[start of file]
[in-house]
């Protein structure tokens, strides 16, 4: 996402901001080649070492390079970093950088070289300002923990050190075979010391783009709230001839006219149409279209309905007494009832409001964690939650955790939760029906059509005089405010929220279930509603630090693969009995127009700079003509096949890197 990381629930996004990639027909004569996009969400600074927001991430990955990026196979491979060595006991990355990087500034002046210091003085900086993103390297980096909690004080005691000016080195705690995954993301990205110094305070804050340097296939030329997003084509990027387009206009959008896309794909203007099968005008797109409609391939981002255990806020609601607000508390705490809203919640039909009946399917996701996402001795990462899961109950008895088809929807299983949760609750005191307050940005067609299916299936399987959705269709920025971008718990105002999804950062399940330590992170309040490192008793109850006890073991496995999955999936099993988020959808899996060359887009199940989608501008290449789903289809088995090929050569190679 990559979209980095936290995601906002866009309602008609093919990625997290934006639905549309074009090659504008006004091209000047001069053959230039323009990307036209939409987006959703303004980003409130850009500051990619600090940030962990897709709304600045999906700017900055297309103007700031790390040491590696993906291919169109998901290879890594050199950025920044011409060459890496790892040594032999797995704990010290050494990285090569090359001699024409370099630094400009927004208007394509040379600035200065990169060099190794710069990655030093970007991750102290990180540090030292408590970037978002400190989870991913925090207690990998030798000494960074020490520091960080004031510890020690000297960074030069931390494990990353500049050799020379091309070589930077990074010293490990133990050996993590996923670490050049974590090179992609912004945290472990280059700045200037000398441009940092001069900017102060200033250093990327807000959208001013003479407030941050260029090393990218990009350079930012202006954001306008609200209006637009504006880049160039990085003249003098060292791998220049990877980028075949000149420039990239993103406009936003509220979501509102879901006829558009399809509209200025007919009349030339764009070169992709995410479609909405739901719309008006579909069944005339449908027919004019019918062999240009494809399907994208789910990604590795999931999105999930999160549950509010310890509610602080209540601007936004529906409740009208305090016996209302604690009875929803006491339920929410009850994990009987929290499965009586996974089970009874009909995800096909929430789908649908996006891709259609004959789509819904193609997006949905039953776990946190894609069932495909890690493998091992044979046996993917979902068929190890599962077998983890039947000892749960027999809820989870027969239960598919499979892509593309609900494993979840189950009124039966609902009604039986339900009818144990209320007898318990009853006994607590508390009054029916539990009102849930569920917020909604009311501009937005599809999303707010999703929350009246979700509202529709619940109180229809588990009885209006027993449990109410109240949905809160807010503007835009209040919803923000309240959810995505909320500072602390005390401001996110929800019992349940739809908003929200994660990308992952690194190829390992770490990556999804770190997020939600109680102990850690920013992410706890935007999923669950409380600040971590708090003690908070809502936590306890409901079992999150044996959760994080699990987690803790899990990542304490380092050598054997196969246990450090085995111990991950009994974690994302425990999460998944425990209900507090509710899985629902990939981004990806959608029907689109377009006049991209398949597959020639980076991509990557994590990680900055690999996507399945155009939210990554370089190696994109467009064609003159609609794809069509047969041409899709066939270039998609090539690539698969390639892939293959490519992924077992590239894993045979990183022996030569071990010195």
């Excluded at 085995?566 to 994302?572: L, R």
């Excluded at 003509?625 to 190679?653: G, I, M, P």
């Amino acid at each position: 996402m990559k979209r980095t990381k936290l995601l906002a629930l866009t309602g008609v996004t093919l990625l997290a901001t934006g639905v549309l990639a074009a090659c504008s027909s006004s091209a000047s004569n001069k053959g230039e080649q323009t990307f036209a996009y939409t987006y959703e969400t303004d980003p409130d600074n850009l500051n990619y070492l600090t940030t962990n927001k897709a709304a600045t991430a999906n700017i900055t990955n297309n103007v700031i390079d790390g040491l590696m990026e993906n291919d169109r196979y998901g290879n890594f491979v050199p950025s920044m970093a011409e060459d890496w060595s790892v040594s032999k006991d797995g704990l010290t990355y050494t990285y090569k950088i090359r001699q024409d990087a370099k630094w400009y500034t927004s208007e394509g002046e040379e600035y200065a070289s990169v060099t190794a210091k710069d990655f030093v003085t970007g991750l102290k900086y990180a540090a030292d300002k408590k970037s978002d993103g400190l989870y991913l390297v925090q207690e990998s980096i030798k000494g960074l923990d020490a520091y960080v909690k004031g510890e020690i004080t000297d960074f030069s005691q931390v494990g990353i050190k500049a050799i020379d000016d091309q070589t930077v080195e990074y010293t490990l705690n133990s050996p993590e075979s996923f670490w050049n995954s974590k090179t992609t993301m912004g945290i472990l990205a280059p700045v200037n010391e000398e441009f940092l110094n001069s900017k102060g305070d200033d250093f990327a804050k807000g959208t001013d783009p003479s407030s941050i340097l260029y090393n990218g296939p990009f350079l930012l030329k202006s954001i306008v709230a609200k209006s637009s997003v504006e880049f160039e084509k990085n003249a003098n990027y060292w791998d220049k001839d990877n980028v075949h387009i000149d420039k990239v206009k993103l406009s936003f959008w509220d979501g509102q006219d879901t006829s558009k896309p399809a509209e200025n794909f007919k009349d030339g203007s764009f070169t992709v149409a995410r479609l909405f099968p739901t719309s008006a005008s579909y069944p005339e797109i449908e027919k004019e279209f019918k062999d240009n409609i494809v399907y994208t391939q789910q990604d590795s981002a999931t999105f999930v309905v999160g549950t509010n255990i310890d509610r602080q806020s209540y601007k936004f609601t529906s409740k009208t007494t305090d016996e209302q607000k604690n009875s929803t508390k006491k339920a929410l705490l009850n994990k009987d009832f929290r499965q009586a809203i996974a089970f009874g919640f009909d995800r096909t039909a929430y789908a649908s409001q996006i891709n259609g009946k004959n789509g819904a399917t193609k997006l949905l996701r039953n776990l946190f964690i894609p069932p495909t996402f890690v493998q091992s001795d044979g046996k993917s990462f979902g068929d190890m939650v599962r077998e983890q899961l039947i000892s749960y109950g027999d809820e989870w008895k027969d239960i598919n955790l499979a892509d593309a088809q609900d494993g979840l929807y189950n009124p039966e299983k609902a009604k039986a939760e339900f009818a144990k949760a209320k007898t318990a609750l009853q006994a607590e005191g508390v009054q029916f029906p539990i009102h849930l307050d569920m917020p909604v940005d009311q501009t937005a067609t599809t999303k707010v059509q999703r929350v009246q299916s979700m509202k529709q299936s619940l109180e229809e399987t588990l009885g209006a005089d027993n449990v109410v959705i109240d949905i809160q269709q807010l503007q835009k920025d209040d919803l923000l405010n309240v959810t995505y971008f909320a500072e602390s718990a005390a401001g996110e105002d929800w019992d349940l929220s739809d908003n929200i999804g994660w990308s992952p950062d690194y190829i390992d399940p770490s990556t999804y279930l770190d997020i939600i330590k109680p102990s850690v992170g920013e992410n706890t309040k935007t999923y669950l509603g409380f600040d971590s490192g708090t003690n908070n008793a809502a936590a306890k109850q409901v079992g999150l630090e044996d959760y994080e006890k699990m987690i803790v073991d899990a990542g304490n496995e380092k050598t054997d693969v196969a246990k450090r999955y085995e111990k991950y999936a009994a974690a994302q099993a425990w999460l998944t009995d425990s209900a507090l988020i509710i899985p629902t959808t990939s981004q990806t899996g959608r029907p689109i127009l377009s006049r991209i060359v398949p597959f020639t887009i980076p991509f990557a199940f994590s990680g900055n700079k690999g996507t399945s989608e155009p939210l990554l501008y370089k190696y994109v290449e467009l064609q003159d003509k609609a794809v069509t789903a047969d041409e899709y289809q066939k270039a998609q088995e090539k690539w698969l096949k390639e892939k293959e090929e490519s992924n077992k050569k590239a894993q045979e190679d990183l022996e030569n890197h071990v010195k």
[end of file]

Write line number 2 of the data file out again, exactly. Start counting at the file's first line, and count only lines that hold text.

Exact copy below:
């Protein structure tokens, strides 16, 4: 996402901001080649070492390079970093950088070289300002923990050190075979010391783009709230001839006219149409279209309905007494009832409001964690939650955790939760029906059509005089405010929220279930509603630090693969009995127009700079003509096949890197 990381629930996004990639027909004569996009969400600074927001991430990955990026196979491979060595006991990355990087500034002046210091003085900086993103390297980096909690004080005691000016080195705690995954993301990205110094305070804050340097296939030329997003084509990027387009206009959008896309794909203007099968005008797109409609391939981002255990806020609601607000508390705490809203919640039909009946399917996701996402001795990462899961109950008895088809929807299983949760609750005191307050940005067609299916299936399987959705269709920025971008718990105002999804950062399940330590992170309040490192008793109850006890073991496995999955999936099993988020959808899996060359887009199940989608501008290449789903289809088995090929050569190679 990559979209980095936290995601906002866009309602008609093919990625997290934006639905549309074009090659504008006004091209000047001069053959230039323009990307036209939409987006959703303004980003409130850009500051990619600090940030962990897709709304600045999906700017900055297309103007700031790390040491590696993906291919169109998901290879890594050199950025920044011409060459890496790892040594032999797995704990010290050494990285090569090359001699024409370099630094400009927004208007394509040379600035200065990169060099190794710069990655030093970007991750102290990180540090030292408590970037978002400190989870991913925090207690990998030798000494960074020490520091960080004031510890020690000297960074030069931390494990990353500049050799020379091309070589930077990074010293490990133990050996993590996923670490050049974590090179992609912004945290472990280059700045200037000398441009940092001069900017102060200033250093990327807000959208001013003479407030941050260029090393990218990009350079930012202006954001306008609200209006637009504006880049160039990085003249003098060292791998220049990877980028075949000149420039990239993103406009936003509220979501509102879901006829558009399809509209200025007919009349030339764009070169992709995410479609909405739901719309008006579909069944005339449908027919004019019918062999240009494809399907994208789910990604590795999931999105999930999160549950509010310890509610602080209540601007936004529906409740009208305090016996209302604690009875929803006491339920929410009850994990009987929290499965009586996974089970009874009909995800096909929430789908649908996006891709259609004959789509819904193609997006949905039953776990946190894609069932495909890690493998091992044979046996993917979902068929190890599962077998983890039947000892749960027999809820989870027969239960598919499979892509593309609900494993979840189950009124039966609902009604039986339900009818144990209320007898318990009853006994607590508390009054029916539990009102849930569920917020909604009311501009937005599809999303707010999703929350009246979700509202529709619940109180229809588990009885209006027993449990109410109240949905809160807010503007835009209040919803923000309240959810995505909320500072602390005390401001996110929800019992349940739809908003929200994660990308992952690194190829390992770490990556999804770190997020939600109680102990850690920013992410706890935007999923669950409380600040971590708090003690908070809502936590306890409901079992999150044996959760994080699990987690803790899990990542304490380092050598054997196969246990450090085995111990991950009994974690994302425990999460998944425990209900507090509710899985629902990939981004990806959608029907689109377009006049991209398949597959020639980076991509990557994590990680900055690999996507399945155009939210990554370089190696994109467009064609003159609609794809069509047969041409899709066939270039998609090539690539698969390639892939293959490519992924077992590239894993045979990183022996030569071990010195």